Frequency of Testing 

The Code of practice suggests testing frequencies based upon both the type of equipment, the class of equipment and the location or type of business in which the equipment is used. 

They have based their frequencies upon factors such as: -


Environment - If equipment is installed in an environment where it may suffer damage such as on a construction site then the frequencies of testing would be more often than in an office for example where equipment is not subjected to the elements.


Users - if the users report damage as and when it becomes evident, hazards will be avoided. Conversely, if equipment is likely to receive unreported abuse, more frequent inspection and testing is required.


Equipment construction - the safety of a Class 1 appliance is dependant upon a connection with earth of the electrical installation. If the flexible cable is damaged the connection with earth can be lost. Safety of Class 2 equipment is not dependent upon the fixed electrical installation, as Class 2 equipment does not require an earth connection for the purpose of appliance safety.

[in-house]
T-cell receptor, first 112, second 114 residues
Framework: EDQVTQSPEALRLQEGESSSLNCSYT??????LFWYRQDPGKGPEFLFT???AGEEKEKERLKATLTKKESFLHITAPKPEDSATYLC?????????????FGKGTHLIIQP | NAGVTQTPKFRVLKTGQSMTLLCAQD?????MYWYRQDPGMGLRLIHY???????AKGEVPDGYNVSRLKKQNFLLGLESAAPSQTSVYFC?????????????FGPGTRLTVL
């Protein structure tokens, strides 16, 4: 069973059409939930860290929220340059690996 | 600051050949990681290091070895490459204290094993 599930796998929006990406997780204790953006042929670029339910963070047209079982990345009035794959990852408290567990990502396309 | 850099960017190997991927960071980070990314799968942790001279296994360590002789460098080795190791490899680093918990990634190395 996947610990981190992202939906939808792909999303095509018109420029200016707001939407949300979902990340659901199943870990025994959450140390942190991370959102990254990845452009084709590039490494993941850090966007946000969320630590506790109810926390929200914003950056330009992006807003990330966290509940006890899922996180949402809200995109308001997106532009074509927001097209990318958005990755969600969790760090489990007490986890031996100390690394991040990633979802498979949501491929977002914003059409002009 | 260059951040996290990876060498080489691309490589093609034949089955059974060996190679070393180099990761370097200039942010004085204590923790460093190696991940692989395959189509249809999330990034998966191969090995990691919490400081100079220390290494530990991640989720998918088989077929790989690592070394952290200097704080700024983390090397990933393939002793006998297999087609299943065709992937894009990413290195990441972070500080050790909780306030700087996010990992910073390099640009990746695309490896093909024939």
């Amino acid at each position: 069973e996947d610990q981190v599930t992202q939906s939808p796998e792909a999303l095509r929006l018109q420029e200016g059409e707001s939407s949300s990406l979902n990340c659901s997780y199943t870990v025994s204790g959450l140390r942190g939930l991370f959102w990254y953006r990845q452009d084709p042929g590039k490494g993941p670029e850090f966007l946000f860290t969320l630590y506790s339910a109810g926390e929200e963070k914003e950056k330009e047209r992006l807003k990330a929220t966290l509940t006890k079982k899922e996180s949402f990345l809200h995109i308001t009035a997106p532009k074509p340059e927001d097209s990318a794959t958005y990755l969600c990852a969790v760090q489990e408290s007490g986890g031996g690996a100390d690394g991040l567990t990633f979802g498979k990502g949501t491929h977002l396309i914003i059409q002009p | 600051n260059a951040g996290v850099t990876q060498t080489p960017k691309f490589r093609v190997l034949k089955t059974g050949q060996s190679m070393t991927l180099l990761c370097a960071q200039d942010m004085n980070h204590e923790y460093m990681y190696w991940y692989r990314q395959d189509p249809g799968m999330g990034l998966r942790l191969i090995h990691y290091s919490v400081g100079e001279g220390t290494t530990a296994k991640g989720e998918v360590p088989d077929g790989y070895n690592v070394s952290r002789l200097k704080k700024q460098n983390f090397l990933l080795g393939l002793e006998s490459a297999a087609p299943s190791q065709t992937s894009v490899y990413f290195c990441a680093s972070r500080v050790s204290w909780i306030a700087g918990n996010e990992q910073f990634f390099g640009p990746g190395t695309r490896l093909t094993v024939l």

The equipment type - appliances, which are hand held, are more likely to be damaged than fixed appliances. If they are Class 1 the risk of danger is increased, as the safety is dependant upon the continuity of the protective conductor from the plug to the appliance.


Testing Procedure  

In-Service testing involves  

Preliminary visual inspection

Earth continuity tests (for Class 1 equipment)

Insulation testing (Which may sometimes be substituted by touch current measurement)

Functional checks.  

A person who is competent in the safe use of the test equipment and who is able to interpret the test results obtained should perform electrical testing and will ideally be City & Guilds 2377-002 Inspection & Testing of Electrical Equipment accredited.